Ignorance regarding Name Servers

Hi everyone!

My set-up works, but I don’t understand Name Servers … and it would be really cool if someone can enlighten me.

As far as I understand:

System Hostname = “Irrelevant name” we give our “machine”
Primary Nameserver = It has to be resolvable and contains a subdomain like for example “ns1” and a domain I name I own, otherwise my sites will never be online.
Virtual Servers = My websites and are linked to the domain names I own

But what are Primary and Secondary Nameservers on Virtualmin and what is their function?

Why do they have to contain a domain name I own?

Are they some sort of 5th-level DNS server?

Thanks in advance :peace_symbol::heart:

My hostname for the Virtualmin server is vps01.indiax.com and the name servers I use are dns1.indiax.com and dns2.indiax.com. I use my domain registrar’s control panel to point vps01, dns1 and dns2 to the ip address of the server on which I have installed Virtualmin.

In Virtualmin on vps01.indiax.com I create a virtual server named vps01.indiax.com (but disable mail) and use it as the default website for the server. I apply for SSL certificates using Let’s Encrypt and then use the ‘Copy to Webmin’ and associated buttons to apply the SSL certificate of vps01 to Postfix, Dovecot etc.

One little trick that you could use @Centaro is to configure your domain registrar’s control panel to point the ns record of your domain to the name servers you have in virtulmin. This will let you create subdomains under your hostname as virtual servers in Virtulmin without needing you to manually update your domain registrars control panel. Dig vps07.indiax.com and to see how this works.

Hi @Calport! Thanks for your answer, but I am looking for an explanatory answer to my questions, not a step-by-step guide. The services I need are up and running. Thanks though =)

Very well, I shall try again. May I illustrate my answers and comments with examples and additional info in the interest of completeness as well as to assist others who might find this thread and need more info than you do, @Centaro?

Nameservers in Virtualmin enable you and your clients the convenience of having the entire set of DNS records created and configured correctly and automatically for the domains which are hosted on the Virtualmin server. To avail of this convenience, all that you or your client has to do is point the hosted domain’s DNS records to those specified in Virtualmin.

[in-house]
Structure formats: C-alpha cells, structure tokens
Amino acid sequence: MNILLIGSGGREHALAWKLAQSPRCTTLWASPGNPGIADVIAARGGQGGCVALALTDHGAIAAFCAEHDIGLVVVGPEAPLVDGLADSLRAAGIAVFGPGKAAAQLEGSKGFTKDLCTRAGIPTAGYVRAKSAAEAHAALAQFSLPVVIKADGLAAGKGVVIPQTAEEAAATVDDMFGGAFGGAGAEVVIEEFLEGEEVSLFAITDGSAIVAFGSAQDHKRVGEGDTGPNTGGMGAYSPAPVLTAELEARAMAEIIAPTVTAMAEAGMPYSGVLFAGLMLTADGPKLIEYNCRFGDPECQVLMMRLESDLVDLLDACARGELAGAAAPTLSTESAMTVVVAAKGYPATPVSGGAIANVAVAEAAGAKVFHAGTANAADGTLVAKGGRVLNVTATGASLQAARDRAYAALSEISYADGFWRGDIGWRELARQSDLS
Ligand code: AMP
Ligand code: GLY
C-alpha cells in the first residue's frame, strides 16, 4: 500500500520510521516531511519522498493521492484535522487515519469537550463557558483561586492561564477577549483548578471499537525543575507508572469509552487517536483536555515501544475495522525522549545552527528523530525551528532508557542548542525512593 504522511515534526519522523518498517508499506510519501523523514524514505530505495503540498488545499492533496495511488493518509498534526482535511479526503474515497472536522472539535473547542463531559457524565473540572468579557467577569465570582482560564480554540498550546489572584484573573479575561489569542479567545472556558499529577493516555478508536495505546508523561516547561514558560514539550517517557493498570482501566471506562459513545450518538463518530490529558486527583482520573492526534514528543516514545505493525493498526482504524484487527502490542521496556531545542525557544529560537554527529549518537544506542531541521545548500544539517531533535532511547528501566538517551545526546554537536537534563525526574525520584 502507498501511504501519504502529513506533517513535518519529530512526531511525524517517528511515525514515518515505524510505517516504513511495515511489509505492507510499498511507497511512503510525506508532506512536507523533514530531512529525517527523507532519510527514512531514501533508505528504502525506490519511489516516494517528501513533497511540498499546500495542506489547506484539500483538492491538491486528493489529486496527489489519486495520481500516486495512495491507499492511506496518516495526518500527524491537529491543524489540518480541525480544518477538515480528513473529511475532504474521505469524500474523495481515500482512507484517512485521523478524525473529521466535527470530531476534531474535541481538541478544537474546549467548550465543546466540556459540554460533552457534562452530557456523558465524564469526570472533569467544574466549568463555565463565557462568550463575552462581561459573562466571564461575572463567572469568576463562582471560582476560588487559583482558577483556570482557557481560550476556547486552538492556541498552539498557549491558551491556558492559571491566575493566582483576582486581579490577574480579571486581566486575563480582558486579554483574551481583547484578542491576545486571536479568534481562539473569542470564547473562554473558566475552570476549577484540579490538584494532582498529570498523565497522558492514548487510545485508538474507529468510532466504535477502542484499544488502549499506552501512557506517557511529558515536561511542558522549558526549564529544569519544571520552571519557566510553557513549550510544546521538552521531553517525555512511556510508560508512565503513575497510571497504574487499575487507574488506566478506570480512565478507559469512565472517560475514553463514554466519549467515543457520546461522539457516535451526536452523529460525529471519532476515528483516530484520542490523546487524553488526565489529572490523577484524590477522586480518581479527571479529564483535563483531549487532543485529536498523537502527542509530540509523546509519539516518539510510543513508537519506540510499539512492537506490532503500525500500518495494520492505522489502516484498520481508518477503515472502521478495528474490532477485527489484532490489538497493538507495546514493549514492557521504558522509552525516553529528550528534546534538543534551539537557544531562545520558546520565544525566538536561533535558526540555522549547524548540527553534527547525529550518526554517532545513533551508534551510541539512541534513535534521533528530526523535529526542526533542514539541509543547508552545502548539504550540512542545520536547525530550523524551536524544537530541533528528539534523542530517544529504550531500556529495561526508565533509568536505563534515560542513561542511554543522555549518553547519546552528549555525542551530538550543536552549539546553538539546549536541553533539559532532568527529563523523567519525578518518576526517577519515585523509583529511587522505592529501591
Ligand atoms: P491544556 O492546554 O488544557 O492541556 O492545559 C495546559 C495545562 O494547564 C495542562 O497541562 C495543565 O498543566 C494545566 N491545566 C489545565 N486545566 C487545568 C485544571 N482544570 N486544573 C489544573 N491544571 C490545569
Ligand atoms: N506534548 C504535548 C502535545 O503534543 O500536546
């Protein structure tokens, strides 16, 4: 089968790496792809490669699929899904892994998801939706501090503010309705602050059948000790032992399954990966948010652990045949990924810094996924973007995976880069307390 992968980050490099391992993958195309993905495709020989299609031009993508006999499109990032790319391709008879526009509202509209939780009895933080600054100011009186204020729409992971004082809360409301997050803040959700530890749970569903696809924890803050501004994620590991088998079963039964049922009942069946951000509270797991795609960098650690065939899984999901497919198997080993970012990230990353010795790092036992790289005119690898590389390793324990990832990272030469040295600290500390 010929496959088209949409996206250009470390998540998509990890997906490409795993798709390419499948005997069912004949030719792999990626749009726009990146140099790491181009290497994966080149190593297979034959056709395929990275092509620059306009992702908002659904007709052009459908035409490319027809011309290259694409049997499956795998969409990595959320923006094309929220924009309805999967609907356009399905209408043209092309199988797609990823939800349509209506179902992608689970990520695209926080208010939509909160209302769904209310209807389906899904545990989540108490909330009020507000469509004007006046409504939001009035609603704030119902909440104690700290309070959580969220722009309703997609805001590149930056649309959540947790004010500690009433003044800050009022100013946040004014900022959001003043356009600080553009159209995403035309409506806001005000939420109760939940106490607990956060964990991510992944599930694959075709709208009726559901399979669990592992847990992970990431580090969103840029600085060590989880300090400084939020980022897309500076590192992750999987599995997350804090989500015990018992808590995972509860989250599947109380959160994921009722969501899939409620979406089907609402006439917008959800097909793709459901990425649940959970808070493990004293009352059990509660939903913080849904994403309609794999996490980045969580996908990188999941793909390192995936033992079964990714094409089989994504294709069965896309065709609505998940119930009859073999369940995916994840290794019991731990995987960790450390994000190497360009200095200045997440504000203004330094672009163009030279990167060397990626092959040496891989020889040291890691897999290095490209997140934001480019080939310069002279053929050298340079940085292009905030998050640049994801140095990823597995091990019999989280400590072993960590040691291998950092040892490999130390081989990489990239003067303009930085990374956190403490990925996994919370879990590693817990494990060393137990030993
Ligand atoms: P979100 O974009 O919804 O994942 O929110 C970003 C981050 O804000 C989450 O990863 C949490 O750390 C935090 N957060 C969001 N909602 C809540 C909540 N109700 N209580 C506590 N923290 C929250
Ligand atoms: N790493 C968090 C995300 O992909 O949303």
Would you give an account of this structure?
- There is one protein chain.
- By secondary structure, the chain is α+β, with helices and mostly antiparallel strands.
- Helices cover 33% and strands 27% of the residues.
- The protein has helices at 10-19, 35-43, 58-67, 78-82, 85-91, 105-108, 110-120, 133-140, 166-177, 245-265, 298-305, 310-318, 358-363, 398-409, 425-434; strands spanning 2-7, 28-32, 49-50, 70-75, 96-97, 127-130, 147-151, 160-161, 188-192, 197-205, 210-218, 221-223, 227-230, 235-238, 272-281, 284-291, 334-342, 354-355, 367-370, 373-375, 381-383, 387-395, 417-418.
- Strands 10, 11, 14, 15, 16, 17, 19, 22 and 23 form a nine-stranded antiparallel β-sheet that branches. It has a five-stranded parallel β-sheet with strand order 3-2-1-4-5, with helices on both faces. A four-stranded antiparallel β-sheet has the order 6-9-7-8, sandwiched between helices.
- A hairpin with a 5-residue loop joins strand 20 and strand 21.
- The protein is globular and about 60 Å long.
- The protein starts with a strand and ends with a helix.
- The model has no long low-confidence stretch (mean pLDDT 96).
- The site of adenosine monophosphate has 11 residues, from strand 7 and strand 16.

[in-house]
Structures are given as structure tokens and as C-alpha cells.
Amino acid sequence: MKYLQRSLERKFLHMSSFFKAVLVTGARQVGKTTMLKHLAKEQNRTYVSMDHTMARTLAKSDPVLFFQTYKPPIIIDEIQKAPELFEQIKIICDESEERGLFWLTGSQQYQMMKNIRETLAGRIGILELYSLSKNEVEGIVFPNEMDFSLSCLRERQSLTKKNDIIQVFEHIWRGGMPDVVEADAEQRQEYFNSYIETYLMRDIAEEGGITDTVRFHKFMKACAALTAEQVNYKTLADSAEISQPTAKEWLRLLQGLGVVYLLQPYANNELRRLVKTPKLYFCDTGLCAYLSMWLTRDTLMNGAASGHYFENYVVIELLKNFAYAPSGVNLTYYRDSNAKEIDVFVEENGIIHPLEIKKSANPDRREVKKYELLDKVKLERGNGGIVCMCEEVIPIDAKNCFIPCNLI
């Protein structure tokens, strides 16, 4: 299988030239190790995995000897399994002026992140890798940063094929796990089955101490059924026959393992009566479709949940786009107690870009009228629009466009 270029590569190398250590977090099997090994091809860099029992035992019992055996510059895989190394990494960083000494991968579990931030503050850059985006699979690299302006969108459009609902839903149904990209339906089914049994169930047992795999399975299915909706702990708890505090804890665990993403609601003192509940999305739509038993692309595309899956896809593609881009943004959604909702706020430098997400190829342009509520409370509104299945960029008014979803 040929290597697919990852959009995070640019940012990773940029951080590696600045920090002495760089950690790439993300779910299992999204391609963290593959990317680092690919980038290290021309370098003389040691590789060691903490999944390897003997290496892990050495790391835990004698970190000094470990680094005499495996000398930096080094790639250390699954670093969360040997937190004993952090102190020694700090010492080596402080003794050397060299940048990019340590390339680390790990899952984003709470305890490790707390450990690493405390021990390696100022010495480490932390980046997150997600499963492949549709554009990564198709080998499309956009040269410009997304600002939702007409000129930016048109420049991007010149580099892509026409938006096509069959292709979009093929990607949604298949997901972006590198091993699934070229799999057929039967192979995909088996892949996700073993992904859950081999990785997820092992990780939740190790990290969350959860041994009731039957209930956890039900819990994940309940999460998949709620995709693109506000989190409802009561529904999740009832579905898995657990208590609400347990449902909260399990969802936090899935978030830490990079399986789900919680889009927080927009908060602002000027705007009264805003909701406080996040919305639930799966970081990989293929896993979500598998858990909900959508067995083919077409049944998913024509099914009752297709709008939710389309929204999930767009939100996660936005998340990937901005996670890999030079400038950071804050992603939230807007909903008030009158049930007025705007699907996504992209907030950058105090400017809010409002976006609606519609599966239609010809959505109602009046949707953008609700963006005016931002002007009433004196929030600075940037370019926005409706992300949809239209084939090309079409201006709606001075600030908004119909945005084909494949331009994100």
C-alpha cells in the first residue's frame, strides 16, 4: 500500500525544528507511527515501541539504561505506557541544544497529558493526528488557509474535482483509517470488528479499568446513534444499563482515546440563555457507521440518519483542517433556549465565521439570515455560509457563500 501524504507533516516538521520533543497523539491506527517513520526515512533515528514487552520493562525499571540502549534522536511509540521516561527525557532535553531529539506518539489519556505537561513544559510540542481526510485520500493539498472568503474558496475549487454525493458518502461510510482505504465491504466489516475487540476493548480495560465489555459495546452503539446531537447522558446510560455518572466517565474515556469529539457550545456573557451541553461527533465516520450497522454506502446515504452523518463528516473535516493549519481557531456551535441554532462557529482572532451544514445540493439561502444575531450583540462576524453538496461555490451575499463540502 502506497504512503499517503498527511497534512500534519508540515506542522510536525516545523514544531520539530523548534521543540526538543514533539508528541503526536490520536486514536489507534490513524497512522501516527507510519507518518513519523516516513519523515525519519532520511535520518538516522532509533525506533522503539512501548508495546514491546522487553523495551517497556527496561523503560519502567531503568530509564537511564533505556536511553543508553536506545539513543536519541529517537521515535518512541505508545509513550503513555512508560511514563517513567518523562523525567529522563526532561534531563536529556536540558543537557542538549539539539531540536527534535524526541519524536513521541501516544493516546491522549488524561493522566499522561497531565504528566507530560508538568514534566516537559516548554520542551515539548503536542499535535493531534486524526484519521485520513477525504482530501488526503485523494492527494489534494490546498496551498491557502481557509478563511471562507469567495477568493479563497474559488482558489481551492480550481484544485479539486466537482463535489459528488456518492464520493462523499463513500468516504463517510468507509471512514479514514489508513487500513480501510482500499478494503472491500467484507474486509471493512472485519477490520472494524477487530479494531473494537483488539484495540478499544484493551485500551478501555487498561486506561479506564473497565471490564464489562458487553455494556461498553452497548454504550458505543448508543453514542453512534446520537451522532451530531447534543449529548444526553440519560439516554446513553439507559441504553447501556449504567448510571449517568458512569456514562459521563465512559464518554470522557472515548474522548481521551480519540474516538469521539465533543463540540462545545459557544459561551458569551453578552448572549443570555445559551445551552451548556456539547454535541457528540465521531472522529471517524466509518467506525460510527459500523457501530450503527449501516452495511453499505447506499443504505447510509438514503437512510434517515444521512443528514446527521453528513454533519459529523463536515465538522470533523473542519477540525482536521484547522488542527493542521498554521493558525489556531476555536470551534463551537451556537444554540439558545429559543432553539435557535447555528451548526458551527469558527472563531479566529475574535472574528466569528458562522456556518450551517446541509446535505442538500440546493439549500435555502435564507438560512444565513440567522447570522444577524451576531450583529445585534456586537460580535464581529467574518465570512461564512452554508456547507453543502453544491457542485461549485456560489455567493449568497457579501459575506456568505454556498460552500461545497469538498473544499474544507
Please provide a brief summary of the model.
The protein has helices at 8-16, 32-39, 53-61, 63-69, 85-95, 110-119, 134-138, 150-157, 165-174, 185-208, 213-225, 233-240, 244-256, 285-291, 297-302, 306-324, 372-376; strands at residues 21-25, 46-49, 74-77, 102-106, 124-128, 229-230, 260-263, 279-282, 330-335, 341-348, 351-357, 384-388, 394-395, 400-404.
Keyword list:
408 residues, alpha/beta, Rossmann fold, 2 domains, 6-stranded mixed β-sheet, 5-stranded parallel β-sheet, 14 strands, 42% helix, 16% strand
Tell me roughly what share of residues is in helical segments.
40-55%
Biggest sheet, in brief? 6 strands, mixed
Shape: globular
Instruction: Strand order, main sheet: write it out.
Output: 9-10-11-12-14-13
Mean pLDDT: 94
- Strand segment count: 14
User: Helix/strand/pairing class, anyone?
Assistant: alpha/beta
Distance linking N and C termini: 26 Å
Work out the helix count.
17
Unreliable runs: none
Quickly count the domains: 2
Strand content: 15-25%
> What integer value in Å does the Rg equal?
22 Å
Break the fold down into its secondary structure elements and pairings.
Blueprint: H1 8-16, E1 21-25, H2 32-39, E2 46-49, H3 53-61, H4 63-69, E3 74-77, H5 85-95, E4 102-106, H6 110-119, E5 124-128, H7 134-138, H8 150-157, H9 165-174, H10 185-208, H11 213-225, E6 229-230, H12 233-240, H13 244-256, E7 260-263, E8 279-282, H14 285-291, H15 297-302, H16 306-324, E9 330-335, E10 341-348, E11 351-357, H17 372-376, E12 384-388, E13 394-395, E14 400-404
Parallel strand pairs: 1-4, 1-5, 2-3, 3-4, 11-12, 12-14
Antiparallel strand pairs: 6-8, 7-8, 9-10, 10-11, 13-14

For example, if the Virtualmin hostname is vps01.indiax.com, the nameservers created for it are dns1.indiax.com and dns2.indiax.com and one of the the domains hosted on that server is hosted.com then all that you or your client has to do is point hosted.com nameserver records to dns1… and dns2… for all the DNS records for that domain, such as A records for the IP address, txt records for SPF, DKIM etc., to be correctly configured and managed automatically by Virtualmin. In this context, and in answer to your question @Centaro, the function of Virtualmin’s nameservers is to keep current and serve to the rest of the net the authoritative DNS records for the domains which are hosted on the Virtualmin server.

When installing Virtualmin you must specify a set of DNS servers to use BIND (and subsequently DKIM and other goodies which depend on BIND) and the easiest / quickest way to do this is to use one of your own domains / subdomains.

I would like to point out that many people set up name servers in Virtualmin at the time of installation but do not use them, preferring to use a third party DNS service with the domains that they host under Virtualmin. Such services could be free or paid and the paid ones offer advantages which are not available via Virtualmin. When a third party DNS service is used, Virtualmin nevertheless maintains its own set of DNS records for the domains which are hosted on the server and may even use the service for its own internal functions.

I must also add that primary and secondary nameservers are supposed to be on seperate networks for redundancy, however in Virtualmin both can be and often are on the same server, a little hack for compliance with the purist / legacy systems on the net.

In conclusion, if you do not know much about nameservers then the best thing for you to do would be to go along with the default workflow when installing Virtualmin and then point the nameservers of the domains that you wish to host to the nameservers that you have specified at the time of installing Virtualmin.

They are the name servers you plan to host your domains on. If you don’t want to have Virtualmin manage your name servers, don’t put anything in the additional name servers field. But, be aware you’re making quite a bit of extra work for yourself if you don’t let Virtualmin manage DNS (but Virtualmin doesn’t care).

They don’t. But if you don’t plan to host your own DNS, you shouldn’t put anything in the additional name servers. If you are hosting your own DNS, then the additional name servers should obviously be servers you control, but there is no requirement that you own the domains they’re on (though I can’t imagine that’s a common scenario).

Ok, but they have to point to an actual domain name as in “domain.com” and they have to create a subdomain, where the BIND stores the DNS records.

Is that correct, guys? @Joe @calport

Ok, I am running BIND on my sites and dig shows the authoritative DNS is my name server. So the DNS records I create on my registrar are pointing to the DNS records I have on my nameserver.

Is that right?

Thanks again guys. Loved the answers … and @Joe’s answer was the same as in his YouTube video word by word. You are reading it off the script!! :laughing:

I think you’re misunderstanding what that field does (I assume we’re talking about additional name servers field in the setup wizard). It does not cause any records to be created on those additional servers, it just adds them as NS records to the zones Virtualmin creates.

If you want records to be created automatically on those additional servers, you need to setup Webmin and BIND DNS Slave configuration on the additional servers. https://www.virtualmin.com/documentation/dns/slave-configuration

Or, if you have many Virtualmin servers, Cloudmin Professional has a Services feature for DNS that does a bit of it automatically.